Keith Curle on contracts offered and retained and released players
United manager Keith Curle has today offered contracts to six of his current squad, including two of the loan players who made a huge impact during the vital end-of-season run-in.
Boro defender David Atkinson and Bradford midfielder Jason Kennedy have received offers in principle following the successful conclusion of their loan spells.
Current squad members Mark Gillespie and Brad Potts have been offered long term deals, and striker Derek Asamoah and defender Nathan Buddle have been offered short-term contracts as their respective deals draw to a close.
Six players will not be re-engaged on conclusion of their current contracts during this summer period - David Amoo, Stephen Elliott, Josh Gillies, Sean O’Hanlon, Matt Robson and David Symington.
Currently contracted for the duration of next season are Patrick Brough, Kyle Dempsey, Danny Grainger, Dan Hanford, Connor Hammell, Steven Rigg and Charlie Wyke.
Players under contract who have been made available are Troy Archibald-Henville, Mark Beck, Gary Dicker, Anthony Griffith, Danny Kearns, Courtney Meppen-Walter, Billy Paynter and Antony Sweeney.
Loan players Paul Corry, Jeffrey Monkana and Matt Young will return to their parent clubs as their spells at Brunton Park come to an end.
Meanwhile player-coach Paul Thirlwell was informed this afternoon that his contract will not be renewed, bringing an end to his eight-and-a-half year stay with the club.
Manager Keith Curle said: "I haven't re-engaged his playing contract but I think it's acknowledged that he's been a fantastic servant for this football club.
"He has gained a lot of experience as a player-coach, with having a foot in both camps, and he has handled that really well. He's been able to see first hand how managers work and I think now is an opportunity for him to take that further.
"I think he's ready for that, because he is a very professional individual, and I wish him well as he moves on."
On the other decisions made, he said: “It’s a part of the job most managers don’t like and I’m no different. You’ve got to do it with a level of honesty. You try and leave the players with a positive if they aren’t being offered anything, and that’s to tell them to go out there and prove you wrong.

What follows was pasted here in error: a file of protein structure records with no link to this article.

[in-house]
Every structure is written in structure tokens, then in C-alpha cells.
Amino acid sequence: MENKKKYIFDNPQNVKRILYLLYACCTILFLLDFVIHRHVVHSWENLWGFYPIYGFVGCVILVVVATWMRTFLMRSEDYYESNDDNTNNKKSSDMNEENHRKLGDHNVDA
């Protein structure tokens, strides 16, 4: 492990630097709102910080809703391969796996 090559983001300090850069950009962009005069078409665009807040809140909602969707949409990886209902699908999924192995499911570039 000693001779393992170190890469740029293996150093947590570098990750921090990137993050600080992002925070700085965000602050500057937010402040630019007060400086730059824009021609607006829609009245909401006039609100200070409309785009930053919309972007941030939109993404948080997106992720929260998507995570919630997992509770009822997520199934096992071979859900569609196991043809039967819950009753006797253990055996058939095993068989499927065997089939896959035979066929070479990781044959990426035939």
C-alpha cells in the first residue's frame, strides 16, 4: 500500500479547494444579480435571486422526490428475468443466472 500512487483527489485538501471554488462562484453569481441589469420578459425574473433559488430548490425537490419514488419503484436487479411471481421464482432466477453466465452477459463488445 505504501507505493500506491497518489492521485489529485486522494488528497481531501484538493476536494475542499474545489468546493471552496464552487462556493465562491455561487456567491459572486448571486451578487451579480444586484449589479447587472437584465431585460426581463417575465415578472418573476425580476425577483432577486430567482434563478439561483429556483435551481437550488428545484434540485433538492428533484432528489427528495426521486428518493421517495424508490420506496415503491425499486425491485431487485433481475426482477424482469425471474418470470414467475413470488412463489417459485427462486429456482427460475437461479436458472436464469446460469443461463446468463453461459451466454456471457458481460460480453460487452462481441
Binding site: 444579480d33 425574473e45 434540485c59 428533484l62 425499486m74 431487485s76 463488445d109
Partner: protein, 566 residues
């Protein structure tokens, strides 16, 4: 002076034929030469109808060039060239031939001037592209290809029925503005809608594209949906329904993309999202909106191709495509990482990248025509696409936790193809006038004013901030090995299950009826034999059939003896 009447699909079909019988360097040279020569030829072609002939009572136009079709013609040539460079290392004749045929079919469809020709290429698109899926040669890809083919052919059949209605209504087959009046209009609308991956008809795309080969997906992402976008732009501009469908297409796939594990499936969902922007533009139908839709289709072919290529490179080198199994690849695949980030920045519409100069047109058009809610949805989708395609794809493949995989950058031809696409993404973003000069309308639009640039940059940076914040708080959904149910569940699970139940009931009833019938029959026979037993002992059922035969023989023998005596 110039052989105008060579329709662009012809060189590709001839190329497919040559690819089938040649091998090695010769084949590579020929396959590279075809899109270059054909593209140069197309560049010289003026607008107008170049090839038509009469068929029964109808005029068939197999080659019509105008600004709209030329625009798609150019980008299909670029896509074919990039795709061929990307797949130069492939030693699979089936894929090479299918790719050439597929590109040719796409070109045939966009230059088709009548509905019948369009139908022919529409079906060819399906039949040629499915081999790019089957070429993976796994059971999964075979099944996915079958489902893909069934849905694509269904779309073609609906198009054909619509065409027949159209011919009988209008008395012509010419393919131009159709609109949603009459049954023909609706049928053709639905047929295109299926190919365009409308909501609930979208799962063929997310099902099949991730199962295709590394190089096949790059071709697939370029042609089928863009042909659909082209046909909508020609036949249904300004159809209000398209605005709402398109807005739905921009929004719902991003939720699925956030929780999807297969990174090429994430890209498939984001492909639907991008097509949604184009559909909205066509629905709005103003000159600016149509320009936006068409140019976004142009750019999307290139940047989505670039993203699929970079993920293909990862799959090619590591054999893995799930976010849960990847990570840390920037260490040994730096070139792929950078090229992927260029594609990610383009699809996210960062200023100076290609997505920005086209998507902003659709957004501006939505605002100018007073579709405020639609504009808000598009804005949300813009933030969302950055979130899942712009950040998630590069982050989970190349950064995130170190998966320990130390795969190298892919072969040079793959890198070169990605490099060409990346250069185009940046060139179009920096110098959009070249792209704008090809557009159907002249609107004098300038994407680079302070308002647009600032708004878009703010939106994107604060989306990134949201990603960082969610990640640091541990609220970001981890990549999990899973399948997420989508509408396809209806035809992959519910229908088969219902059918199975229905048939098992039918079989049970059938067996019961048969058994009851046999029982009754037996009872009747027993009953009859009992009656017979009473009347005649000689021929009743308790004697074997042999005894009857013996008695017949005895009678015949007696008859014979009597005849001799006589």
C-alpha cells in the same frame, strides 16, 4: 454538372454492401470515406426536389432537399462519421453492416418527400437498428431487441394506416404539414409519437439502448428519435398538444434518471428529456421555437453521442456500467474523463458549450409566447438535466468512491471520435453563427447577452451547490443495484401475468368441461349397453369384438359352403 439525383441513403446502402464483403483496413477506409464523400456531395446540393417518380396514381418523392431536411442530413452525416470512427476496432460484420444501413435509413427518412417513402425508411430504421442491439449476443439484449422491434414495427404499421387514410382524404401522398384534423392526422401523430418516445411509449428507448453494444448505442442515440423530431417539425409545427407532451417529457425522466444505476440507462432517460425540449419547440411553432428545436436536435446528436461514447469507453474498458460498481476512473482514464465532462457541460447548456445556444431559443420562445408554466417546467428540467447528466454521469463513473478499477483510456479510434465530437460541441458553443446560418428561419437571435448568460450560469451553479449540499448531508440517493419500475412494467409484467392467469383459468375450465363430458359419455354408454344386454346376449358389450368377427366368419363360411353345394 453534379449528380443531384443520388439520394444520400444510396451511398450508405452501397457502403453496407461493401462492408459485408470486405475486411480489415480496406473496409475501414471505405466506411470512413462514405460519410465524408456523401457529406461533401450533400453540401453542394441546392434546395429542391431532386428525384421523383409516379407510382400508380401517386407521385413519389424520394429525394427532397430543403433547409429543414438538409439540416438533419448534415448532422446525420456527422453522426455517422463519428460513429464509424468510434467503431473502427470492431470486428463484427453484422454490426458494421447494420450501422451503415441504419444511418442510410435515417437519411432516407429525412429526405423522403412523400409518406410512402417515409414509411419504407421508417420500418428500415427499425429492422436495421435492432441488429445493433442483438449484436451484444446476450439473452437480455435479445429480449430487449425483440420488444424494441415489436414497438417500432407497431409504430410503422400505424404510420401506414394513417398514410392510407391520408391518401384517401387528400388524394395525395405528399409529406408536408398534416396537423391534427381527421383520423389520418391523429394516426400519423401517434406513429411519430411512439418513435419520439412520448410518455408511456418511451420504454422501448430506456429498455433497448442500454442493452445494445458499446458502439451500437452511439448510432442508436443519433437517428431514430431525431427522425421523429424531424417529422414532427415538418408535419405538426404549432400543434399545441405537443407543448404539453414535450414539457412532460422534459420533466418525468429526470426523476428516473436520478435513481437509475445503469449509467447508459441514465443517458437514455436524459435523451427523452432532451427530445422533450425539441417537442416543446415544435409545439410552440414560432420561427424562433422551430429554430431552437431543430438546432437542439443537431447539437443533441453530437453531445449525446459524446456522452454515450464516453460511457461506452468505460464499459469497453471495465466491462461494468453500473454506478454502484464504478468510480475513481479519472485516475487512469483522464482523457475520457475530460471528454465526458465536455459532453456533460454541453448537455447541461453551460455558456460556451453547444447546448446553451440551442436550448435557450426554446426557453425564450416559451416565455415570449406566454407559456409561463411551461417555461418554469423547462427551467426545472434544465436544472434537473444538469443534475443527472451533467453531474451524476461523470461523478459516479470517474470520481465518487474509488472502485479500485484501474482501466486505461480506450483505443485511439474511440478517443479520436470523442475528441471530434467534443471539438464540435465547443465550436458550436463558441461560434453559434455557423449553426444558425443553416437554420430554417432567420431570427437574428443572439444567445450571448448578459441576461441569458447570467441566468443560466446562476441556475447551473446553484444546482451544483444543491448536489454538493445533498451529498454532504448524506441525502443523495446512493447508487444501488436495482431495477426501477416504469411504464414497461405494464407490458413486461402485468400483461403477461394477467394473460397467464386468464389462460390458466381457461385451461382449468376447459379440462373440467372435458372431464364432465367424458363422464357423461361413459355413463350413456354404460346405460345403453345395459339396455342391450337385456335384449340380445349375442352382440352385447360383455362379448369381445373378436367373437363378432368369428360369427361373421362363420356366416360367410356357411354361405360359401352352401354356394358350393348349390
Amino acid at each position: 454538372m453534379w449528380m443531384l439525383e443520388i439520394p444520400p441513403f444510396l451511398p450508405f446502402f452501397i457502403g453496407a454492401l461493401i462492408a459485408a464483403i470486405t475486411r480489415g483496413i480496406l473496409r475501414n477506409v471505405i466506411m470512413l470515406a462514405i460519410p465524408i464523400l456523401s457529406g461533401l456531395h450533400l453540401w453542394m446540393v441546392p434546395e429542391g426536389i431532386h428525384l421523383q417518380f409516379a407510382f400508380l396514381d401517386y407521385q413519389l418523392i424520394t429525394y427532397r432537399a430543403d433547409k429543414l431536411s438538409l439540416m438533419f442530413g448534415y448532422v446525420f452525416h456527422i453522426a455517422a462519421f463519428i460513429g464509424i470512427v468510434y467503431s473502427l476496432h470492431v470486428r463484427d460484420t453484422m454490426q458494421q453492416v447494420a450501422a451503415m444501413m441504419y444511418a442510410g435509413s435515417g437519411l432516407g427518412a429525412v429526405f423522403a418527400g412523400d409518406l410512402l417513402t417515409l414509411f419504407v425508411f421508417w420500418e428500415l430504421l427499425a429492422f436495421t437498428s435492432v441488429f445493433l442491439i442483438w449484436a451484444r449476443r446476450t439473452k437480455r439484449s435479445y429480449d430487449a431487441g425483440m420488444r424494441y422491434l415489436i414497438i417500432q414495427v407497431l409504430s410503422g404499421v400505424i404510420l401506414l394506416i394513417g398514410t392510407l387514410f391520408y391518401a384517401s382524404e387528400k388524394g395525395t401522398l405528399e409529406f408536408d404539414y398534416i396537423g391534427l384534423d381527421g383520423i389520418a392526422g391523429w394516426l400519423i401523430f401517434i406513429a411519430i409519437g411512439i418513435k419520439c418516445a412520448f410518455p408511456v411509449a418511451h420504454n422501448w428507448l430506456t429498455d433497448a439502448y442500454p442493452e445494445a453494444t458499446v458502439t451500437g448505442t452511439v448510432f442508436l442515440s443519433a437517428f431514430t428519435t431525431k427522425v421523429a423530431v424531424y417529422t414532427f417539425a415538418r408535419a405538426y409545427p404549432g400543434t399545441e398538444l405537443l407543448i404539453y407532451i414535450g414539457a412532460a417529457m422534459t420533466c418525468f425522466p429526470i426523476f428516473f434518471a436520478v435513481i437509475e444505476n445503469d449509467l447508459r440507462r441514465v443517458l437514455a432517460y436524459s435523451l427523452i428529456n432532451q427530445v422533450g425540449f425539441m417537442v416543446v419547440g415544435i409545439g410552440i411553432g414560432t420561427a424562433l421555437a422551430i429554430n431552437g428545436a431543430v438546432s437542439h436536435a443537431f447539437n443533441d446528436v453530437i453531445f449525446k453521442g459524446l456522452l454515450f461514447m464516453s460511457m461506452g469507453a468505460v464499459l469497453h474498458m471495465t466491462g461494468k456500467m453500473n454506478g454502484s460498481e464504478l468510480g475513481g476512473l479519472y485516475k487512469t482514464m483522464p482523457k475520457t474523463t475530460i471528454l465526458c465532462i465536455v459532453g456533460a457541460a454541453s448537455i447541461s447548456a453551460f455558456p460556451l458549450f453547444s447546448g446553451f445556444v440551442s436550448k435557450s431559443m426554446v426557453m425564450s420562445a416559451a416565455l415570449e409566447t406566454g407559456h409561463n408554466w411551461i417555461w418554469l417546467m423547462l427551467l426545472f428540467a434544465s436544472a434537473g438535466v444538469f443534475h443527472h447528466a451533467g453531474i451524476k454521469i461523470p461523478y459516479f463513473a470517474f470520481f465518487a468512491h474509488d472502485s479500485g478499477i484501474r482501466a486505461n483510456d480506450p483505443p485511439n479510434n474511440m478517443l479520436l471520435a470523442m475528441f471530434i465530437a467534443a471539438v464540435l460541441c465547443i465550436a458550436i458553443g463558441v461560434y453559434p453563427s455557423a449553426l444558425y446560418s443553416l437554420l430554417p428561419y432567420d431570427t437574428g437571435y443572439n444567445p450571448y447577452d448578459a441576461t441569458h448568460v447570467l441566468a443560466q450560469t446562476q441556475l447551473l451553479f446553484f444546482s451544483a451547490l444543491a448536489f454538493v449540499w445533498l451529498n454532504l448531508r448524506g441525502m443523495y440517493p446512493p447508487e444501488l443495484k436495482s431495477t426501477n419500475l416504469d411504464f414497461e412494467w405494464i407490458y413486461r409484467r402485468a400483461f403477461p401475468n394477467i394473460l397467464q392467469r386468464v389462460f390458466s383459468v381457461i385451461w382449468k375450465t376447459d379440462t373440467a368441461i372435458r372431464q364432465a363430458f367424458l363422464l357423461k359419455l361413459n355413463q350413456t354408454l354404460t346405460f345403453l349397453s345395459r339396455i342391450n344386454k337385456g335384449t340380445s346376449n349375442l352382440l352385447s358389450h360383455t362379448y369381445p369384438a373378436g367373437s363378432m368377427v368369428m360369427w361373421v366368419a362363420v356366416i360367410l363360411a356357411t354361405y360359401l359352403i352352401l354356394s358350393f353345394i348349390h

“It happened to me when I was 16. A manager told me I wasn’t going to have a professional career but I went on to play over 700 games. I didn’t do that for anyone else, it was completely for me. When I was told there was nothing for me I realised I needed to play football and used what I’d been told as motivation.
“It was no longer the case that I just wanted to play football. I actually needed to play and, as I said earlier in the week, there are players here who have good ability, but I question whether they need it enough.”
“I’ve met all of the players individually, which is the right thing to do,” he explained. “It’s an opportunity for me to thank the players for their efforts on behalf of the club and also on a one-to-one basis. It brings the season to a close in the right way and allows me to do things in a professional manner.”
“With the decisions I’ve made, I know where I want to take the football club,” he said. “Things need to be done differently. It won’t be a case of wholesale changes because I know people in Carlisle don’t like change. It’s about doing things slightly differently with the aim of improving everything we do. This isn’t the time to talk about individuals, but I can assure everyone this hasn’t been done as a knee-jerk reaction. I know what we have and I know where I want to get to. The offers and decisions have been made with that in mind.
“I still need to talk to the remainder of my coaching staff, and that will be done later in the week. Once we’ve finished this process, and the dust has settled, the focus will be entirely on me moving this club forward and to having a successful season next time round.”